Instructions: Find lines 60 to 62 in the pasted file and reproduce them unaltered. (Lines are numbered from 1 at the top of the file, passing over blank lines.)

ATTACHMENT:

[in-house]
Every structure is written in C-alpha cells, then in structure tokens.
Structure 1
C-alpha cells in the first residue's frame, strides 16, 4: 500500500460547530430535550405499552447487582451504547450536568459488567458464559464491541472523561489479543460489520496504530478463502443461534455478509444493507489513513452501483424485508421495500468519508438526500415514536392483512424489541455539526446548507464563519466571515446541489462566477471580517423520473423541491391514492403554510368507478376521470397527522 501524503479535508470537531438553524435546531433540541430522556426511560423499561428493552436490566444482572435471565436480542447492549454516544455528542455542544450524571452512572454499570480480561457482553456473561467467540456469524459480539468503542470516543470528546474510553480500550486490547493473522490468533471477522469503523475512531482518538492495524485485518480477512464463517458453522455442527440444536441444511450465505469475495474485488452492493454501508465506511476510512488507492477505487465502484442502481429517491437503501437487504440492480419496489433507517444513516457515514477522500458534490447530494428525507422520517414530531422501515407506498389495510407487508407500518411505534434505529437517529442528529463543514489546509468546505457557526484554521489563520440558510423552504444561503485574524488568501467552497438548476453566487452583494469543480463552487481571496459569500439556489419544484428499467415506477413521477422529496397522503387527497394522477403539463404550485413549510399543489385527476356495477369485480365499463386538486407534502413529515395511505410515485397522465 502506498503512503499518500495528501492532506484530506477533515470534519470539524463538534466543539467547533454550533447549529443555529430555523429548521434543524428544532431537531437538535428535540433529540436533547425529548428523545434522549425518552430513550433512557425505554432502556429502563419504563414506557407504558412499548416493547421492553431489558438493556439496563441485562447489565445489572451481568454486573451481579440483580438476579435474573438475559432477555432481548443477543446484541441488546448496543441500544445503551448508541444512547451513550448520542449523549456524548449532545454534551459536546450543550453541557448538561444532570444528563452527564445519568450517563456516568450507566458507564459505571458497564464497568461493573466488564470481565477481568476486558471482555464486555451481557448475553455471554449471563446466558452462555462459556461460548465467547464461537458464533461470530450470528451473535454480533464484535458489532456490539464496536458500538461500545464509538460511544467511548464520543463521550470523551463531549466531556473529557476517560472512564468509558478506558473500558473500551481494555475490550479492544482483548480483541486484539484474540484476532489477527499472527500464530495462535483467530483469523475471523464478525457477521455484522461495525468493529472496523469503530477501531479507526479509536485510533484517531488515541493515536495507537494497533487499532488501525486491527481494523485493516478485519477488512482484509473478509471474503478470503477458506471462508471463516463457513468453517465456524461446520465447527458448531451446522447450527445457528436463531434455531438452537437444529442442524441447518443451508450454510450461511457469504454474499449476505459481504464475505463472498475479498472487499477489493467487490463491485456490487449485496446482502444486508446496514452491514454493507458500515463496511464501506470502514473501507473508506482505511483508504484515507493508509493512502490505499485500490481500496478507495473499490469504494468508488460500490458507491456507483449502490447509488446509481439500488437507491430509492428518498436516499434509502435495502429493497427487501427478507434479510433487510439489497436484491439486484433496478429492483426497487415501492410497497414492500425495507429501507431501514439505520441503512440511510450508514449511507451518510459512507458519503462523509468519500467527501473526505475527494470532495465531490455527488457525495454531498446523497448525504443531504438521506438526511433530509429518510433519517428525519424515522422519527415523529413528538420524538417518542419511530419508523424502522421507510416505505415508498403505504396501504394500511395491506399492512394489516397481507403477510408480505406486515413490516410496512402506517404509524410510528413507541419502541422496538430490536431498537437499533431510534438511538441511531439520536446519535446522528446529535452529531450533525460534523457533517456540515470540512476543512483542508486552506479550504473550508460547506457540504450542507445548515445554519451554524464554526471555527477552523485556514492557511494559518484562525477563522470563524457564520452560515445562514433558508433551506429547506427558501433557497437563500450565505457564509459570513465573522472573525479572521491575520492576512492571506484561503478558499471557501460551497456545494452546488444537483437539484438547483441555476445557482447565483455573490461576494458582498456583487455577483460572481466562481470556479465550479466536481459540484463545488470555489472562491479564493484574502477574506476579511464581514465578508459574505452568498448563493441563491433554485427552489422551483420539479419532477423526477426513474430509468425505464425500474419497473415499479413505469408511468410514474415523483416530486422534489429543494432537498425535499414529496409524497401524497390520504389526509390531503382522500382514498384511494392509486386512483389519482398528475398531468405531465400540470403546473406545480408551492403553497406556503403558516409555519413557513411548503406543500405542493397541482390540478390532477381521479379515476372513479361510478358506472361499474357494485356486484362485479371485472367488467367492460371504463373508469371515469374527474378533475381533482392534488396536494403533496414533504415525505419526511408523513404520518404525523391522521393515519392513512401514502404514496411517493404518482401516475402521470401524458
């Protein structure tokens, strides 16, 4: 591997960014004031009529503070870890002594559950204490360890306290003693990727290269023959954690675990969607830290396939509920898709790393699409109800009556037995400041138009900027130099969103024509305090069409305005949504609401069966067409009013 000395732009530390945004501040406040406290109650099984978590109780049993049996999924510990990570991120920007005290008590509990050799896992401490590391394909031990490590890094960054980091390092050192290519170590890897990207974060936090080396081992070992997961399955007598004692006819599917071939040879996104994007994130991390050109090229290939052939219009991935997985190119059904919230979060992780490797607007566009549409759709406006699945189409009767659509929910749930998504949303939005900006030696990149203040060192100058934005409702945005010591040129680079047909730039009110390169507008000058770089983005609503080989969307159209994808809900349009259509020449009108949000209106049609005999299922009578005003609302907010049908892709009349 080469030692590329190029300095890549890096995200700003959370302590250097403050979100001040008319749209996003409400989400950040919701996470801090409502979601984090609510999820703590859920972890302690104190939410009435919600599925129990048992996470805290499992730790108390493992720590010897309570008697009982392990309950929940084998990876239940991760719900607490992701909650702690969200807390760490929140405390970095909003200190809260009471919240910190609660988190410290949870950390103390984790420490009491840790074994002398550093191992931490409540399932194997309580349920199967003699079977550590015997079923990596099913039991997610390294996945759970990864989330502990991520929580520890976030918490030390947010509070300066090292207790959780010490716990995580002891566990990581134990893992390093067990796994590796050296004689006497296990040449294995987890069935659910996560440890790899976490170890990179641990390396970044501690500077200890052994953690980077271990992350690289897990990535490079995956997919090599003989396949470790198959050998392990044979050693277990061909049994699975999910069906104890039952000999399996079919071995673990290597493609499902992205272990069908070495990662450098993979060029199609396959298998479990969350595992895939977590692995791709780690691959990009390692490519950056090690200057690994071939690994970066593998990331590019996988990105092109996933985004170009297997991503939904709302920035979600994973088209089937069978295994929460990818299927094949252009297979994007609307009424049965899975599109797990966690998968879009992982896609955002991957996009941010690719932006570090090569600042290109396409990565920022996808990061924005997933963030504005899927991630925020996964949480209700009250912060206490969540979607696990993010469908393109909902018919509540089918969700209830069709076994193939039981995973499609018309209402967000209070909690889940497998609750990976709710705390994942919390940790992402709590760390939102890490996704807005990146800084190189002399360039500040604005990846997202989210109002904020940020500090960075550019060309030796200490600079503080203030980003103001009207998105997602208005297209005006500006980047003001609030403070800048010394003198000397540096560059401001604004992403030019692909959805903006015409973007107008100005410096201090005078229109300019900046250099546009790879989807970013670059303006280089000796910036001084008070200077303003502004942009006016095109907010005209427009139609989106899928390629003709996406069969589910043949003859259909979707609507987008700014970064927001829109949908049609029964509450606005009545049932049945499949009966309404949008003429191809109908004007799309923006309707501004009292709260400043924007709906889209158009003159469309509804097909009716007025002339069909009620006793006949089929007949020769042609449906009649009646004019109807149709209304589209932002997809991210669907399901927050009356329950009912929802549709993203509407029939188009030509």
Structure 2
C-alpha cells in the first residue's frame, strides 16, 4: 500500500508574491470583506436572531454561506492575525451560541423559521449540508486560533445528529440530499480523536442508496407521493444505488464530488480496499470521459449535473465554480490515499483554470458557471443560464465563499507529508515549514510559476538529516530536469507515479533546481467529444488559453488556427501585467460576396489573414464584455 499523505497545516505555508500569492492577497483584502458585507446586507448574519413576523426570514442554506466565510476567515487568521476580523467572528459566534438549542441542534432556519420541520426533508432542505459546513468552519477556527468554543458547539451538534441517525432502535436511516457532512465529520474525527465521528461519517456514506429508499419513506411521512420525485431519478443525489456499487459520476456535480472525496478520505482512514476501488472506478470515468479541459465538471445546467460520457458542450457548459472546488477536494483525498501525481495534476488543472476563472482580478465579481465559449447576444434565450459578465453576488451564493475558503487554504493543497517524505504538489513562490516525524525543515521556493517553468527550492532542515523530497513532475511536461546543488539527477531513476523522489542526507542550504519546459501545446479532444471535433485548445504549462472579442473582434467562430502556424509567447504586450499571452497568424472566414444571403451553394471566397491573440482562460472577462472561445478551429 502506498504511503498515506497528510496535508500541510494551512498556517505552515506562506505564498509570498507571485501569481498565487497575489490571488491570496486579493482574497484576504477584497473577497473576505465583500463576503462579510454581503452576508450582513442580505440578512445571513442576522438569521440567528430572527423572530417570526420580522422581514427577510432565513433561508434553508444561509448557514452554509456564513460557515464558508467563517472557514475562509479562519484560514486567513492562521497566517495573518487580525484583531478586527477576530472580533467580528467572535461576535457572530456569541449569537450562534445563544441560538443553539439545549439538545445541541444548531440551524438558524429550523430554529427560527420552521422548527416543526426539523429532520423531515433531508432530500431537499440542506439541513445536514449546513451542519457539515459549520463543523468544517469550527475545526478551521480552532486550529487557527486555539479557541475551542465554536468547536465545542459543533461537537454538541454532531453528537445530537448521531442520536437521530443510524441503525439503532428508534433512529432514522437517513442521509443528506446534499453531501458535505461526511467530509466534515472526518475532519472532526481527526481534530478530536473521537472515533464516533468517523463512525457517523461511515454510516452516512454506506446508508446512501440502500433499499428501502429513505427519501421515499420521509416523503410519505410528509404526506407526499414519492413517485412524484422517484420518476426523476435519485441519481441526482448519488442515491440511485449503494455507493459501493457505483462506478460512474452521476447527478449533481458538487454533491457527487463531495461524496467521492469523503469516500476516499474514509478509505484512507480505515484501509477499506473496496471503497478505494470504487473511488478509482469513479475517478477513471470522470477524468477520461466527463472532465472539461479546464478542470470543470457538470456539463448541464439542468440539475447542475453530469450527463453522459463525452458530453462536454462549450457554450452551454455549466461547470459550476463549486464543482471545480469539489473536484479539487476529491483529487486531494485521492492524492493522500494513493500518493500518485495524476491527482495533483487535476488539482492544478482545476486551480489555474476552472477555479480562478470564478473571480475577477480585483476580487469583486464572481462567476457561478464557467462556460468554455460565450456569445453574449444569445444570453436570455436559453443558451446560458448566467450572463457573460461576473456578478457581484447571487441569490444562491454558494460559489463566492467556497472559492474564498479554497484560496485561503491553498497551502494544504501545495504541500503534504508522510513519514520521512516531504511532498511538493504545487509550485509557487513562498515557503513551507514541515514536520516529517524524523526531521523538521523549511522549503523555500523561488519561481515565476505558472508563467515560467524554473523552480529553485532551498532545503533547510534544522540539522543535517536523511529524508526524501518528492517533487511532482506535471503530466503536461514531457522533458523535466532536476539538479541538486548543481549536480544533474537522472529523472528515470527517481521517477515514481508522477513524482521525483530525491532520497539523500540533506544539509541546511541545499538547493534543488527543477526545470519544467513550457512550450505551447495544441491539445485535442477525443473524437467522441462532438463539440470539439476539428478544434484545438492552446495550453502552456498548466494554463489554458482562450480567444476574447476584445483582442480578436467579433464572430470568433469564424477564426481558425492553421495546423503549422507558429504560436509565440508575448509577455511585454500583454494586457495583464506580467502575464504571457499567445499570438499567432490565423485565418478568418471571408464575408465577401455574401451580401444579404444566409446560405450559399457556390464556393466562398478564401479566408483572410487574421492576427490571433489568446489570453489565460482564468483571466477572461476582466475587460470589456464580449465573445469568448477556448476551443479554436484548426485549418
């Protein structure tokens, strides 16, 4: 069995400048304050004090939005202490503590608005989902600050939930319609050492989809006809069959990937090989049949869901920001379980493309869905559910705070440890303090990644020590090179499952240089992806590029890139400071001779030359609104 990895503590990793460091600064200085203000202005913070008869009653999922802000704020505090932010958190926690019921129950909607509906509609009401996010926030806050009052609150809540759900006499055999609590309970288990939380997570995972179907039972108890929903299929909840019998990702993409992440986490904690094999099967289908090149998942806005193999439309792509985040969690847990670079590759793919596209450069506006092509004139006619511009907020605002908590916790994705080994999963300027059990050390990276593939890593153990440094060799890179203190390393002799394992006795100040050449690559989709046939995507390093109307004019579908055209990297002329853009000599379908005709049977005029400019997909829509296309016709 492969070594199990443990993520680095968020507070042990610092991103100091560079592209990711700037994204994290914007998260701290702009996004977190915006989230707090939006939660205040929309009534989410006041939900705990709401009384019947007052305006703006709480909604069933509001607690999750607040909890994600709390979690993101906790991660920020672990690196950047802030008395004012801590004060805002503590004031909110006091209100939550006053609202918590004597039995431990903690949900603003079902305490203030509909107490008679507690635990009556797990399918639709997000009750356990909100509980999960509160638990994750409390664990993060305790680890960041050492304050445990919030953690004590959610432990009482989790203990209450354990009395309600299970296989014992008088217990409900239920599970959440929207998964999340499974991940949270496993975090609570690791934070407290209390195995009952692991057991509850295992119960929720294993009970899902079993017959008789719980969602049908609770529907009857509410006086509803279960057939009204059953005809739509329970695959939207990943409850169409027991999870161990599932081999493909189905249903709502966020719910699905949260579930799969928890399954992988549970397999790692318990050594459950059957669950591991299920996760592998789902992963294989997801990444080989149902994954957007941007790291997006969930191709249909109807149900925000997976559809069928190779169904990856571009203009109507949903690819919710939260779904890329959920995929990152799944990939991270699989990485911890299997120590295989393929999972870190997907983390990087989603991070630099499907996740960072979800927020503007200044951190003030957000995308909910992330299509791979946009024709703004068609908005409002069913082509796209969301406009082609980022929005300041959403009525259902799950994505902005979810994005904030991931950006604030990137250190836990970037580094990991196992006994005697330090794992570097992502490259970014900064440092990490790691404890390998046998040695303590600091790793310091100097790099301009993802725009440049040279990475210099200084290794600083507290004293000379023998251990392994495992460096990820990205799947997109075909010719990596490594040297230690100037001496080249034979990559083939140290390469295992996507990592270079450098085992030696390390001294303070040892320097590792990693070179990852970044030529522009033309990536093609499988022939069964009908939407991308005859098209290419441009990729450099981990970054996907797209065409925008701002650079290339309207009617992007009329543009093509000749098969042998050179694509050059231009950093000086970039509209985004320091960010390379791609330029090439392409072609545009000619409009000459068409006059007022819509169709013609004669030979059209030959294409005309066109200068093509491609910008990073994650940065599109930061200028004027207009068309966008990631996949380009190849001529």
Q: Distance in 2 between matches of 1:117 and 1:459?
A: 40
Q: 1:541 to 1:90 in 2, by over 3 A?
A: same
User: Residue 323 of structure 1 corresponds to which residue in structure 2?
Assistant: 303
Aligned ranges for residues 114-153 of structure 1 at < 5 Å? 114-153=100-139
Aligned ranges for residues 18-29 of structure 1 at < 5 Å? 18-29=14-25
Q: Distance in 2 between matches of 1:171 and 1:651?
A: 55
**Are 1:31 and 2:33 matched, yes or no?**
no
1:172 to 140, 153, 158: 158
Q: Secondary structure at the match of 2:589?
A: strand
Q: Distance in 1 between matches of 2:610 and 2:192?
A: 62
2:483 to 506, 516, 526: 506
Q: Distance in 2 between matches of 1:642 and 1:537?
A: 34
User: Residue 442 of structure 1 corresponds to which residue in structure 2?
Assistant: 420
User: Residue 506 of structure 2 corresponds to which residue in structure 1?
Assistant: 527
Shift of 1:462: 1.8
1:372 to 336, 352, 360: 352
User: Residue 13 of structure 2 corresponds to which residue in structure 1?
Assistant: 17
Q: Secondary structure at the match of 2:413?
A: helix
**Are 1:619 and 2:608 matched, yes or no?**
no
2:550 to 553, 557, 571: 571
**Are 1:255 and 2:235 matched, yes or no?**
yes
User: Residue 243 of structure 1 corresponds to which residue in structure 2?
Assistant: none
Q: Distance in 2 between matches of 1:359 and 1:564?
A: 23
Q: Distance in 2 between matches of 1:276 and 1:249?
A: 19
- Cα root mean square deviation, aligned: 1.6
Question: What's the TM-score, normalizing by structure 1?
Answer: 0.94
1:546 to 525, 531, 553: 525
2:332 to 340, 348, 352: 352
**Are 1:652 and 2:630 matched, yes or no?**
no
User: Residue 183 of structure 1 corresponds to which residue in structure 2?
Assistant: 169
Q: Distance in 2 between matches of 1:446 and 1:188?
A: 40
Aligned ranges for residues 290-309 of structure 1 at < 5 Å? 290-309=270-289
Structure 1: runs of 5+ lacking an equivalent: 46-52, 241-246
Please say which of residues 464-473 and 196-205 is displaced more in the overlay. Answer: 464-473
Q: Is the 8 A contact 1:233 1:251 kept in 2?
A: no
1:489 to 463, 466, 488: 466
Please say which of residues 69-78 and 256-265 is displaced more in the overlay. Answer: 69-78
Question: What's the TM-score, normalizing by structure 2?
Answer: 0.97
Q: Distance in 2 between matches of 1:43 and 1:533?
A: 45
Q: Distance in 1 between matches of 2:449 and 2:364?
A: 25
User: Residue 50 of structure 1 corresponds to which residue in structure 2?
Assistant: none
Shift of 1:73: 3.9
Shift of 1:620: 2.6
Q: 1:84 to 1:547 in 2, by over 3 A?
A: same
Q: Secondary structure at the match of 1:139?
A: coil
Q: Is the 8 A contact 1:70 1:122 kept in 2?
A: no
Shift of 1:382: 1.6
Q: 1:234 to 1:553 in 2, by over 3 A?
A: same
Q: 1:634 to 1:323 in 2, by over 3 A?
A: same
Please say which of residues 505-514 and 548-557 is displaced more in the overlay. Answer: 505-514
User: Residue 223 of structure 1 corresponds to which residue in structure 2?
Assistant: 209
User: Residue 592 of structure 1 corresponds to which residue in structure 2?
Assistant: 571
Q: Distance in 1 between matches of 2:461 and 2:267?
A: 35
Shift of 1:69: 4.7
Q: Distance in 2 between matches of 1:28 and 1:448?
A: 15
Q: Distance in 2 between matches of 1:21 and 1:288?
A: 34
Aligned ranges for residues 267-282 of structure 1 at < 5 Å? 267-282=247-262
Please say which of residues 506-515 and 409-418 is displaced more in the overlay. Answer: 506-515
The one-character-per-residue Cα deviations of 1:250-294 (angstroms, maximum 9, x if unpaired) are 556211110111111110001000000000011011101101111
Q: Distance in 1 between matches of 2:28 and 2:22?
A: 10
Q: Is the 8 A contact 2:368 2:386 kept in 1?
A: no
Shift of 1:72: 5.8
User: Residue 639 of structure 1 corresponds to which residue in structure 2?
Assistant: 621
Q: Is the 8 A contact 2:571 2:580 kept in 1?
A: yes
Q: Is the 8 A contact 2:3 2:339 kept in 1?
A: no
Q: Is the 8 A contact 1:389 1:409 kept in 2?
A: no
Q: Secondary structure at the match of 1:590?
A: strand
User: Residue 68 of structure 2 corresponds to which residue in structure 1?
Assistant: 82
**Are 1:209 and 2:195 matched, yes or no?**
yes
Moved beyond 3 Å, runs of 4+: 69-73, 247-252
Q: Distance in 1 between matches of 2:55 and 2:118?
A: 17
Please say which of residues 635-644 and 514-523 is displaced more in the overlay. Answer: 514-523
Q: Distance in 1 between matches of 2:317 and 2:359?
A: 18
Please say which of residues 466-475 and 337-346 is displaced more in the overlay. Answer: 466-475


A: 40
Aligned ranges for residues 290-309 of structure 1 at < 5 Å? 290-309=270-289
Structure 1: runs of 5+ lacking an equivalent: 46-52, 241-246